7. Cardiovascular disease in all adults.   Another US study linked BPA exposure to diabetes and heart disease in adults.  However, the higher incidence could be unrelated to BPA.
  8. Sex hormones in men.   BPA exposure may cause changes in sex hormones in men.
  9. Type 2 diabetes.  Higher levels of urinary BPA may be linked to type 2 diabetes, cardiovascular disease, and liver-enzyme abnormalities.
  10. Brain and behavior problems. After a review of the evidence, the National Toxicology Program at the FDA has expressed concern about BPA’s possible effects on the brain and behavior of infants and young children.  BPA exposure may be associated with loss of connections between brain cells in primates, potential problems with memory and learning, as well as depression.
  11. Chemotherapy.  Scientists believe that BPA exposure may reduce chemotherapy treatment efficacy.
  12. Cancer.  Some animal studies have shown a possible link between BPA exposure and a later increased risk of cancer.  In particularly, there may be a link to an increase in breast cancer risk among females exposed to BPA and DES in the womb. 
  13. Increased risk to children. Some studies suggest that possible effects of BPA could be most pronounced in infants and young children. Their bodies are still developing, and they are less efficient at eliminating substances from their systems.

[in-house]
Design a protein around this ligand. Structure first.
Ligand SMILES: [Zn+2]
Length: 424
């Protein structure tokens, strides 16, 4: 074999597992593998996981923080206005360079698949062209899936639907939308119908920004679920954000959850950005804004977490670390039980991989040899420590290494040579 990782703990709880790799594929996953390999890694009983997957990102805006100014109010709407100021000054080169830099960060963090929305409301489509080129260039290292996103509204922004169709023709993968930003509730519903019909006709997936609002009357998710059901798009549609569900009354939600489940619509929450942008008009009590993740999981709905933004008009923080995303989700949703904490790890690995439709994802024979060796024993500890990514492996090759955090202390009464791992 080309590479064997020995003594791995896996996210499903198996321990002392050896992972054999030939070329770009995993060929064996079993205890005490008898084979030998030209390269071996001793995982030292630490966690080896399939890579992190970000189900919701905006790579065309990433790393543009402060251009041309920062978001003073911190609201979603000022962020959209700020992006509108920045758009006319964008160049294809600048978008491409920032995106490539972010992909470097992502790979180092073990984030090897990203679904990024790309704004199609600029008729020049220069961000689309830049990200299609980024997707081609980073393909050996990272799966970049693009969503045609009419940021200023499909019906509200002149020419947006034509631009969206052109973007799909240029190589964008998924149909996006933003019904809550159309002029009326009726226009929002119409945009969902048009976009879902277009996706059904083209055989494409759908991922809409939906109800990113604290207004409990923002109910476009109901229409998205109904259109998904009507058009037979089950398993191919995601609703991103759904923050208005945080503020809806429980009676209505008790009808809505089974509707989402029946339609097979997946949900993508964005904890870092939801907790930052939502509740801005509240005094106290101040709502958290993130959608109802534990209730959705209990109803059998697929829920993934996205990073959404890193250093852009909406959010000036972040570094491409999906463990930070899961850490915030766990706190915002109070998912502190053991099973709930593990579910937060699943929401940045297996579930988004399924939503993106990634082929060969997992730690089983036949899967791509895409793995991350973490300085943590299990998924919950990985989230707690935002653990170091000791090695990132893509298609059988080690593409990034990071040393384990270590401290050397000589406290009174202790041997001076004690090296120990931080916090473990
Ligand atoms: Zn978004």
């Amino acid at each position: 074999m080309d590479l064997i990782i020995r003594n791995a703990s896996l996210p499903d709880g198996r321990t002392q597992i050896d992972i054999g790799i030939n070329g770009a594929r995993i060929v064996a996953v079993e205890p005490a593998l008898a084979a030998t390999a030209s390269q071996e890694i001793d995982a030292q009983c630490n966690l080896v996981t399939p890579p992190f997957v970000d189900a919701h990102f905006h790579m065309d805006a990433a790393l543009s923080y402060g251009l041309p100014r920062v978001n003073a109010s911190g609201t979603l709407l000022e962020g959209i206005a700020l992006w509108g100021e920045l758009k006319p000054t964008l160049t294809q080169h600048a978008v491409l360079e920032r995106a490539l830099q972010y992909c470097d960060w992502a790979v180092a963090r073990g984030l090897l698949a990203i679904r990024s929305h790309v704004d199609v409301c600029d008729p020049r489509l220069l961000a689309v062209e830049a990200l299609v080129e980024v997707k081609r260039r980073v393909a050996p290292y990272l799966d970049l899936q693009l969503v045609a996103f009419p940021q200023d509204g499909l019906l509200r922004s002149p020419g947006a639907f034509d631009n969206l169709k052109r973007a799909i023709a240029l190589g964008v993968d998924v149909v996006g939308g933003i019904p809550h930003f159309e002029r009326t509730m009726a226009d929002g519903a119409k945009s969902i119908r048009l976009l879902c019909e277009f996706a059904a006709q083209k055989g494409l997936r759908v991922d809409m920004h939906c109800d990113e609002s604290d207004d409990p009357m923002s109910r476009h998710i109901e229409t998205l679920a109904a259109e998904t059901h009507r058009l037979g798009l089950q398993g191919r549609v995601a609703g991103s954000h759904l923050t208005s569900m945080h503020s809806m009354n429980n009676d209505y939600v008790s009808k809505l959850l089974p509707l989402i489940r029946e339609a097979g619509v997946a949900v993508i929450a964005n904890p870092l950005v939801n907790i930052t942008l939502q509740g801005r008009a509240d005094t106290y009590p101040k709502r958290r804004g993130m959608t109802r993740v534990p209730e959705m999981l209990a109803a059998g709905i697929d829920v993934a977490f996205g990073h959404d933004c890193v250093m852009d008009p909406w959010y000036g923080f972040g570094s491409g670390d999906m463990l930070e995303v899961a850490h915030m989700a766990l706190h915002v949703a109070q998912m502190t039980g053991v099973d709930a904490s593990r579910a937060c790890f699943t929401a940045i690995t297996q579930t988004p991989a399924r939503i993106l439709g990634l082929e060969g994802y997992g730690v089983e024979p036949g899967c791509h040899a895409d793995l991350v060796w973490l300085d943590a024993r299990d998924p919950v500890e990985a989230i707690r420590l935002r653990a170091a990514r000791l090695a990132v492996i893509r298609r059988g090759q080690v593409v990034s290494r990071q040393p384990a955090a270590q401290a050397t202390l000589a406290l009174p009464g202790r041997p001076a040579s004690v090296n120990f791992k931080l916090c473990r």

How big is the problem?

The CDC (Centers for Disease Control and Prevention) reports that urine samples in 95% of adult human and 93% of children contain bisphenol A.  Experts say the primary source of human exposure is from BPA leached from the plastic lining of canned foods.

The Bottom Line:  Although this list of possible BPA risks is frightening, keep in mind that nothing has been fully established.  The concern about BPA risks stems primarily from studies in animals, and there is very little evidence of ties to disease in humans.  There are a few studies in humans that have found a correlation between BPA and a higher incidence of certain health problems, but there is no direct evidence that BPA is the cause of the problems. To be honest, other studies contradict some of these results and some experts doubt that BPA is the problem at the exposure levels.  That being said, I would recommend taking precautions against BPA exposure and limiting the number of plastic containers you use. 

[1]“Prenatal Bisphenol A Exposure Weakens Body’s Fullness Cues.”
[2]“The Facts About Bisphenol A.”
“Prenatal Bisphenol A Exposure Weakens Body’s Fullness Cues.” Endocrinology, February 17, 2017. https://www.endocrine.org/news-room/current-press-releases/prenatal-bisphenol-a-exposure-weakens-bodys-fullness-cues.
“The Facts About Bisphenol A.” WEB MD. Accessed February 17, 2017. http://www.webmd.com/children/bpa#1.
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About the Author

I am a family physician who has served in the US Army. In 2016, I found myself overweight, out of shape, and unhealthy, so I made a change to improve my health. This blog is the chronology of my path to better health and what I have learned along the way.